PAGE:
Patients were treated with contaminated intravenous feeding bags.
Nine Alabama hospital patients who were treated with contaminated intravenous feeding bags have died and the maker has pulled the product off the market, state health officials said Tuesday.
Ten more people treated with the bags that provide nutrients through IV tubes also were sickened by the outbreak of serratia marcescens bacteria, health officials said. However, officials have not definitively tied the deaths to the bacterial outbreak at six hospitals, State Health Officer Donald Williamson said.
“There is nothing to suggest the deaths were directly related to the bacterial infection,” says Williamson.
On March 16, two hospitals reported increased cases of serratia marcescens to the Alabama Department of Public Health. Officials linked the infection to TPN, a common nutritional supplement delivered by IV tubes.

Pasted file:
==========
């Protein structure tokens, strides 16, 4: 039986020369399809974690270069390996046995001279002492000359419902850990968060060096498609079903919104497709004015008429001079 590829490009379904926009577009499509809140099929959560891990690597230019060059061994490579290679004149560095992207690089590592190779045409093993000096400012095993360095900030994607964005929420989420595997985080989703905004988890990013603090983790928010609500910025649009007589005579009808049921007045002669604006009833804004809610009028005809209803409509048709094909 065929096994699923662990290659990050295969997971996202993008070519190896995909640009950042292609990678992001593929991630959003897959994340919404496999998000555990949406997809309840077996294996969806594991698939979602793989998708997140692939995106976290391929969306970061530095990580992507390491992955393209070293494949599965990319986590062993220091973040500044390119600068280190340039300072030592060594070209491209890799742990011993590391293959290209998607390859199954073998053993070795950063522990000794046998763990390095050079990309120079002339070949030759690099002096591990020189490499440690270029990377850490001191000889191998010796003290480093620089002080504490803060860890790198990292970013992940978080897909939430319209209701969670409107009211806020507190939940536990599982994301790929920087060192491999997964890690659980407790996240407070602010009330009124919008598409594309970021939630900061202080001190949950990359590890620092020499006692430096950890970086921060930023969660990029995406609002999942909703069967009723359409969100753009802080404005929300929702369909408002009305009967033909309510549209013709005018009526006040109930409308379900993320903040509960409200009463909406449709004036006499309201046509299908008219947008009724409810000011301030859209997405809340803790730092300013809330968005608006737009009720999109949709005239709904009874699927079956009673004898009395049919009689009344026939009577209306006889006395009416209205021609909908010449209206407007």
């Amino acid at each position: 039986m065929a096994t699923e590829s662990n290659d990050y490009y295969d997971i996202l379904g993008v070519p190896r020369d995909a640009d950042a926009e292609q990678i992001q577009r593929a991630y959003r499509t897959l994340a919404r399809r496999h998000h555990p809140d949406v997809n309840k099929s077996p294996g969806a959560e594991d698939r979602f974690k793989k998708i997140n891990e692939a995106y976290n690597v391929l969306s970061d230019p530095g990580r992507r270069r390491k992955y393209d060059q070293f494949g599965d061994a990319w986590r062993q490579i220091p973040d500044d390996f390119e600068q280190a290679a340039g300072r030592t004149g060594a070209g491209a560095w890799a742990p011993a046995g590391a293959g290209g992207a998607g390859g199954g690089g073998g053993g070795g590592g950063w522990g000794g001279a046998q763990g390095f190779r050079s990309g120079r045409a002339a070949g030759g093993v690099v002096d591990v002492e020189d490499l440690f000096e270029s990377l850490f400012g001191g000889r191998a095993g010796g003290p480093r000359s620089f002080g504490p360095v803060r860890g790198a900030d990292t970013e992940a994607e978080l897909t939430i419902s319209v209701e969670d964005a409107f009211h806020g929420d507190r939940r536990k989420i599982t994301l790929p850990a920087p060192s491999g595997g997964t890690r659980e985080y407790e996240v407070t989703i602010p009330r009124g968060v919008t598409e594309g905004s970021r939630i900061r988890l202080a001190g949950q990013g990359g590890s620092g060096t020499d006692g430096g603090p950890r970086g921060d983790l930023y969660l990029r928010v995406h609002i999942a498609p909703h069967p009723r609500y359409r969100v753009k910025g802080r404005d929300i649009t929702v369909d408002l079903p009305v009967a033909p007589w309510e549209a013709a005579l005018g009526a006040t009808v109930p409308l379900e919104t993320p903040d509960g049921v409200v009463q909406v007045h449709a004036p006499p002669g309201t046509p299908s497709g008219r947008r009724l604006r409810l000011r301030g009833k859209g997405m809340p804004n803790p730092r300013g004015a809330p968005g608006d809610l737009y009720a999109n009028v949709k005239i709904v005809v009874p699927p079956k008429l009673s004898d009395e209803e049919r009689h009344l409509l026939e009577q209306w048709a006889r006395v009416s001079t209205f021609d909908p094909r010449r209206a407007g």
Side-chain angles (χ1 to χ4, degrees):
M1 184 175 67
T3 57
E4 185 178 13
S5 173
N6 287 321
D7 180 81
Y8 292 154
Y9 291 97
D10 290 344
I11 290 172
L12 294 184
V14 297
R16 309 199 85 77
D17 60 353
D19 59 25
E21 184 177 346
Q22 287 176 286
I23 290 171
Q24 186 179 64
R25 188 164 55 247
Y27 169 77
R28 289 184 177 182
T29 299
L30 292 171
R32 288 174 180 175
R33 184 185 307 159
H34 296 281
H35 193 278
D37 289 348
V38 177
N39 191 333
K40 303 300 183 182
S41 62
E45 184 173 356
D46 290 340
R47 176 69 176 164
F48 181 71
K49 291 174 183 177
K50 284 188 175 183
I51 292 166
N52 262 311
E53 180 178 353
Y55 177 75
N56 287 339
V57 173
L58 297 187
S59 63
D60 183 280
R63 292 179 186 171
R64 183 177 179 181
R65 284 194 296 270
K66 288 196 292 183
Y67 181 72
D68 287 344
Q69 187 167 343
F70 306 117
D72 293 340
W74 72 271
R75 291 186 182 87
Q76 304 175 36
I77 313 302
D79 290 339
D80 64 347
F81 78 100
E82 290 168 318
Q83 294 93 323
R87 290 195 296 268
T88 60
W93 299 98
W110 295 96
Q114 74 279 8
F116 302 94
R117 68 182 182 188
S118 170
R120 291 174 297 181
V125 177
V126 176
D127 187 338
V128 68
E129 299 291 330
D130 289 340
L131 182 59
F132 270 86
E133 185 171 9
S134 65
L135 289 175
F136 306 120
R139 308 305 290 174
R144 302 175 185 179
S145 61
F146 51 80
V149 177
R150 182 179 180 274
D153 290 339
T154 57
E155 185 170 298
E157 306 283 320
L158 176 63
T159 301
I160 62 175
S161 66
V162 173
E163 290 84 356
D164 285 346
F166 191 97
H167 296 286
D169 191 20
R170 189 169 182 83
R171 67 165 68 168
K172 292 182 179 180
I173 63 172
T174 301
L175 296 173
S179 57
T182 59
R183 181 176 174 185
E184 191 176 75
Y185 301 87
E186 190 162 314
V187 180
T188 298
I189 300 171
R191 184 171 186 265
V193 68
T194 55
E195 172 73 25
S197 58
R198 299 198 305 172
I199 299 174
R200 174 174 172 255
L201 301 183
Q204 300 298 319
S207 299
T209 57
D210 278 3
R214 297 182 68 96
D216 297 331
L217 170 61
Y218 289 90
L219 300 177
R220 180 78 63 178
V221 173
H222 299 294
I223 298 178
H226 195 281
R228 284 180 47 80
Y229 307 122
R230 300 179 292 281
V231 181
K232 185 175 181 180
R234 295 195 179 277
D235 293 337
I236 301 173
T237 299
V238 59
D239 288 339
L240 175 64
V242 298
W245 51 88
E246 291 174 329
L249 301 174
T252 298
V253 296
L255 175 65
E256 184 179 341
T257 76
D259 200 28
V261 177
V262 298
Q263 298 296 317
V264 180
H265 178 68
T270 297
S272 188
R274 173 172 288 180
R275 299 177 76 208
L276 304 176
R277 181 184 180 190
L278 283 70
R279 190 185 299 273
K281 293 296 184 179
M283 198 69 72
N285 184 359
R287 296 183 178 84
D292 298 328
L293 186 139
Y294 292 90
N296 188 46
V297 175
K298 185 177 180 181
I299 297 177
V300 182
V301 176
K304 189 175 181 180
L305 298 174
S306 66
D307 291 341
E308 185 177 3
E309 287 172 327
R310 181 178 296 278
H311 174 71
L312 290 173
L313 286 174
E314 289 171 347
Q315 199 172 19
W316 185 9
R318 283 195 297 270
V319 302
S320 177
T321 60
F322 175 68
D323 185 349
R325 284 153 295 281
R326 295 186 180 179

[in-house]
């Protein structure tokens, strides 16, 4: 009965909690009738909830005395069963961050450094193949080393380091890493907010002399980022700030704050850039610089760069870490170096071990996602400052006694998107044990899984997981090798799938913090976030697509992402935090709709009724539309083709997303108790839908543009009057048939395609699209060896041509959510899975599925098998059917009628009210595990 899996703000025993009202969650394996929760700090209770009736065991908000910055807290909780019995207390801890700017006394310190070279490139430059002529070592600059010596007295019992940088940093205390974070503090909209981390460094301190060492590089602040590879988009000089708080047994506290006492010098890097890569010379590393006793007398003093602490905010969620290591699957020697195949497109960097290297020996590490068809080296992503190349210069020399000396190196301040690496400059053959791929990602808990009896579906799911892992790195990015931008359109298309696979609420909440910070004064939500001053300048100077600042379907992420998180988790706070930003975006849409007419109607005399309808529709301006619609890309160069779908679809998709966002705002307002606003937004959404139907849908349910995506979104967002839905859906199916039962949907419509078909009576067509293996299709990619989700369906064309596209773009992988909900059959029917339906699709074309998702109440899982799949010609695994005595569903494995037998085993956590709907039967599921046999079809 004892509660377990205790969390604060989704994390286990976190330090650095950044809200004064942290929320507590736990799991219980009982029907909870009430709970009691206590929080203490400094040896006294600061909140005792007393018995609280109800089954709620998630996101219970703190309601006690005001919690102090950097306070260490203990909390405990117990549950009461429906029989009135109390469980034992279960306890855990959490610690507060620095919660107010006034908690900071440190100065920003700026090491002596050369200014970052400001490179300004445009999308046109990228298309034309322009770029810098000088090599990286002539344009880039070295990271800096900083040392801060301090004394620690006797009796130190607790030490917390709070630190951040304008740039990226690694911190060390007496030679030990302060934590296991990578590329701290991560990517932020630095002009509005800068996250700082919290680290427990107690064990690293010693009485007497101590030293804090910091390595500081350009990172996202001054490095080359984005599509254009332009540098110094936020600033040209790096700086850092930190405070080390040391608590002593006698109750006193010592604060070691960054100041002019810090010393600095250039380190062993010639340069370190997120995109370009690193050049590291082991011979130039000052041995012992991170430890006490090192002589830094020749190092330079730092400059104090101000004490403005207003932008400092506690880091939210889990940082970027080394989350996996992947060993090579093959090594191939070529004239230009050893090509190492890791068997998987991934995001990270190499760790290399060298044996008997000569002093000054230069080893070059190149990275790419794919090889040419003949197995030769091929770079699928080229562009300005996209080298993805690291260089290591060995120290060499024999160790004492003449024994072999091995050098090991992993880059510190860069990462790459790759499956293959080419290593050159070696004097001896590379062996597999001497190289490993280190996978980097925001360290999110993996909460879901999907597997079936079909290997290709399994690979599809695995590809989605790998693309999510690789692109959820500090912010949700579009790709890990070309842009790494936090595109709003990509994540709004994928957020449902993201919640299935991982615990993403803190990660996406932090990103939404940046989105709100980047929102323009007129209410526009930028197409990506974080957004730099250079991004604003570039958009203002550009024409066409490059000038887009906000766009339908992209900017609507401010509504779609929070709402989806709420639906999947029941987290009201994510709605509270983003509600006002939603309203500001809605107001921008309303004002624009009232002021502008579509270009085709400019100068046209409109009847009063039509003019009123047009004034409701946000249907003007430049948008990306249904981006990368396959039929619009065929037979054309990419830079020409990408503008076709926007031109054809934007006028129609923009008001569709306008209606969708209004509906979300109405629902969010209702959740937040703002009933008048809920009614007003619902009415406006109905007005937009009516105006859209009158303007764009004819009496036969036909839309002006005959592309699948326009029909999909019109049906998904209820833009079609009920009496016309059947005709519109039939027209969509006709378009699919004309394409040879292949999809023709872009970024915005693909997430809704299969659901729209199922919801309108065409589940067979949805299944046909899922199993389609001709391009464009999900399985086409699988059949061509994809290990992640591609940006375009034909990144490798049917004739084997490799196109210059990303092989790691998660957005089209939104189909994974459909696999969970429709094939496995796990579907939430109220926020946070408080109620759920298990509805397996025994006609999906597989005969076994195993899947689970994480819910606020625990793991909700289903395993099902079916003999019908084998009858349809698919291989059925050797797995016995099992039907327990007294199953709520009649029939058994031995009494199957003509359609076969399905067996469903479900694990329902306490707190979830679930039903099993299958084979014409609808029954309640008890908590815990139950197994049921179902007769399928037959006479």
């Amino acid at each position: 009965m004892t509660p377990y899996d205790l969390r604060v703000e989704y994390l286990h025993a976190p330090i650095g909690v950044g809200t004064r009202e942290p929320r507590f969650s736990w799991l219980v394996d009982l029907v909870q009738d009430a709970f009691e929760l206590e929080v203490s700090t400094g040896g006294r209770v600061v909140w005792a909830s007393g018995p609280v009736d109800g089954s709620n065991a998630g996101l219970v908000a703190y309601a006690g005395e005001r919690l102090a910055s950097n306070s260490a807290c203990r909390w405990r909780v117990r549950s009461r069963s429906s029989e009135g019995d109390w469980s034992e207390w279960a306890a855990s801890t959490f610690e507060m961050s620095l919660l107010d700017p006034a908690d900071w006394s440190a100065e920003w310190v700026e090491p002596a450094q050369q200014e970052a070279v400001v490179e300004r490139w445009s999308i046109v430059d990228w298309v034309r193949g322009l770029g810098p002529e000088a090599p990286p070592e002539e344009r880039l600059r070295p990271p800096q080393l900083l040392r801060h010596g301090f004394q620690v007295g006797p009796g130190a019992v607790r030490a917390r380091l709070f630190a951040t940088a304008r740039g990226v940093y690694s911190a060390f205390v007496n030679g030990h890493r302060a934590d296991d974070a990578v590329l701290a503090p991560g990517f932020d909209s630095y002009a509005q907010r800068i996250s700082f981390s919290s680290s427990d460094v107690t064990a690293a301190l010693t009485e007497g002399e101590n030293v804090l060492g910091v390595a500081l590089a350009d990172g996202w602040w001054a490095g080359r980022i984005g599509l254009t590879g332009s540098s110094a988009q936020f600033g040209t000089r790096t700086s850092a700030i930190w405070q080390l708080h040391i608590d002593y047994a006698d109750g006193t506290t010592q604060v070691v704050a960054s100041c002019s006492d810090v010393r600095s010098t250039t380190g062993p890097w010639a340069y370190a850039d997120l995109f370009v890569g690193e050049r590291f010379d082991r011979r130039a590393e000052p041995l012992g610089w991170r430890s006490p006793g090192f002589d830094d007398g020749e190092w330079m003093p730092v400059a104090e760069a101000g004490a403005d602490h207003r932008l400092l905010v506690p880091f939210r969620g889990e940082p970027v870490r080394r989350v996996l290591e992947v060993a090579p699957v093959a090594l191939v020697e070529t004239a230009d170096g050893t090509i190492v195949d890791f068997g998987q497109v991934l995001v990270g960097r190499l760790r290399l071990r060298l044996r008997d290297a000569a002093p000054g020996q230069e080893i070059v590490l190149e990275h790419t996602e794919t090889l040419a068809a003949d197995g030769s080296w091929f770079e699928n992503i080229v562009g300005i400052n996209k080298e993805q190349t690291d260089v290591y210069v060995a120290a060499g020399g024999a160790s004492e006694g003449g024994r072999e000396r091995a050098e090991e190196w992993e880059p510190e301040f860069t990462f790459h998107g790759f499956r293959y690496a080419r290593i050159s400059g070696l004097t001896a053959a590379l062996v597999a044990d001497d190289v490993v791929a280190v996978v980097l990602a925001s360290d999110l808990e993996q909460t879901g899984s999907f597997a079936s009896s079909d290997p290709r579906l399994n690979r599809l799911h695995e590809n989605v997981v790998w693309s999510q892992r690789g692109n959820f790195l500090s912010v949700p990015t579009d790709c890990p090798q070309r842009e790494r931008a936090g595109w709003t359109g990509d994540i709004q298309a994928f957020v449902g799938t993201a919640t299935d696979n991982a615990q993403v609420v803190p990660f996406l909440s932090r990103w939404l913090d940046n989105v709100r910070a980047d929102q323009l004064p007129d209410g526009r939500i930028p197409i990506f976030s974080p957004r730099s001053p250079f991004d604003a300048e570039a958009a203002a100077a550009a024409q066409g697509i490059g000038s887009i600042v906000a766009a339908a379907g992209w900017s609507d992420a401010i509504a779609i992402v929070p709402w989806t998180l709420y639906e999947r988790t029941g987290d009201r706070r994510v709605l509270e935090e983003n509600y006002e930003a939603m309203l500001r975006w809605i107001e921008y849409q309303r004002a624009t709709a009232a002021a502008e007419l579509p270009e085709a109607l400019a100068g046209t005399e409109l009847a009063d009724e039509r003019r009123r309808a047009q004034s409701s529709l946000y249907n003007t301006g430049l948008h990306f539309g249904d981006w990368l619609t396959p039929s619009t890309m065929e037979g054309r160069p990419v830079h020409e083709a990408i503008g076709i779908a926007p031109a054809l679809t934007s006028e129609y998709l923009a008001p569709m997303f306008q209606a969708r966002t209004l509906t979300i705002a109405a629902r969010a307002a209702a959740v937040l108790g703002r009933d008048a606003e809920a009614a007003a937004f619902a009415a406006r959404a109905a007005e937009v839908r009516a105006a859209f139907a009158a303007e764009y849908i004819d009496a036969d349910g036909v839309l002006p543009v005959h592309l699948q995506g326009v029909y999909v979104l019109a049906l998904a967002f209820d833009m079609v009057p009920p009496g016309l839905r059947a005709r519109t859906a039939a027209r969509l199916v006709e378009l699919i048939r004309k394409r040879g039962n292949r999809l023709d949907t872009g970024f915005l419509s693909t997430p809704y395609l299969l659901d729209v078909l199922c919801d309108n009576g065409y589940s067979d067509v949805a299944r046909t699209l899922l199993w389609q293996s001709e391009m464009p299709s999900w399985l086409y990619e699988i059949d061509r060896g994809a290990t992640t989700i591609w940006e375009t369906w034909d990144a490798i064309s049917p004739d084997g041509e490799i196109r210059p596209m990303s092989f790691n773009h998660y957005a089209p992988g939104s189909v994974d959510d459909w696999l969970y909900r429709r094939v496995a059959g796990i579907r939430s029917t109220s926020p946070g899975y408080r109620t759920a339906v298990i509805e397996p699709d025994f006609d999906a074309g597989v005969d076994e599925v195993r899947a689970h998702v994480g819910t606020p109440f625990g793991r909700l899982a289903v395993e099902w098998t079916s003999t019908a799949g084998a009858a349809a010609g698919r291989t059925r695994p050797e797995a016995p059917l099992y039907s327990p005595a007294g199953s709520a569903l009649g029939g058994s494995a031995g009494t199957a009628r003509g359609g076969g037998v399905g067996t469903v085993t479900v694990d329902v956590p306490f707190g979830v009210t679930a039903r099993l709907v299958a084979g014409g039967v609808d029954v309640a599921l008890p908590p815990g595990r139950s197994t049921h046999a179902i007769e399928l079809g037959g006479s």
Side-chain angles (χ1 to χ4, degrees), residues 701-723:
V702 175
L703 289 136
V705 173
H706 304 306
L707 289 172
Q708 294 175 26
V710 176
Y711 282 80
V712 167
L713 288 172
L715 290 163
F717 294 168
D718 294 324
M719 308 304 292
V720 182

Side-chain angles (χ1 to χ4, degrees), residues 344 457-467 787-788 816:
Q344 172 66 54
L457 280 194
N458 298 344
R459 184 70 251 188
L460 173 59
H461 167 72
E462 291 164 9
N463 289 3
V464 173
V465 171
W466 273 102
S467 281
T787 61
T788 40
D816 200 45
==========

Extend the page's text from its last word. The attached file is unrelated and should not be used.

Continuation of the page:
A single pharmacy, Birmingham-based Meds IV, made the bags. Williamson said the company has notified its customers of the contamination and discontinued production.
When Select Specialty Hospital in Birmingham learned one of its suppliers may have distributed bags containing the bacteria, it started investigating and stopped using the Meds IV product, said the hospital’s chief executive officer.
“We are committed to high-quality patient care and are fully cooperating with government officials in their ongoing investigation of the supplier,” said Jeffrey Denney.
Meds IV did not immediately return calls seeking comment.
Besides Select Specialty, other hospitals hit with the outbreak were Baptist Princeton, Baptist Shelby, Medical West and Cooper Green in the Birmingham area and Baptist Prattville, north of Montgomery.
The state health department, Centers for Disease Control in Atlanta, and the Food and Drug Administration are investigating.
Williamson said the risk of more patients being exposed to the bacteria has ended.
“There are no outstanding cases of this infection. It is contained and closed,” says Williamson.
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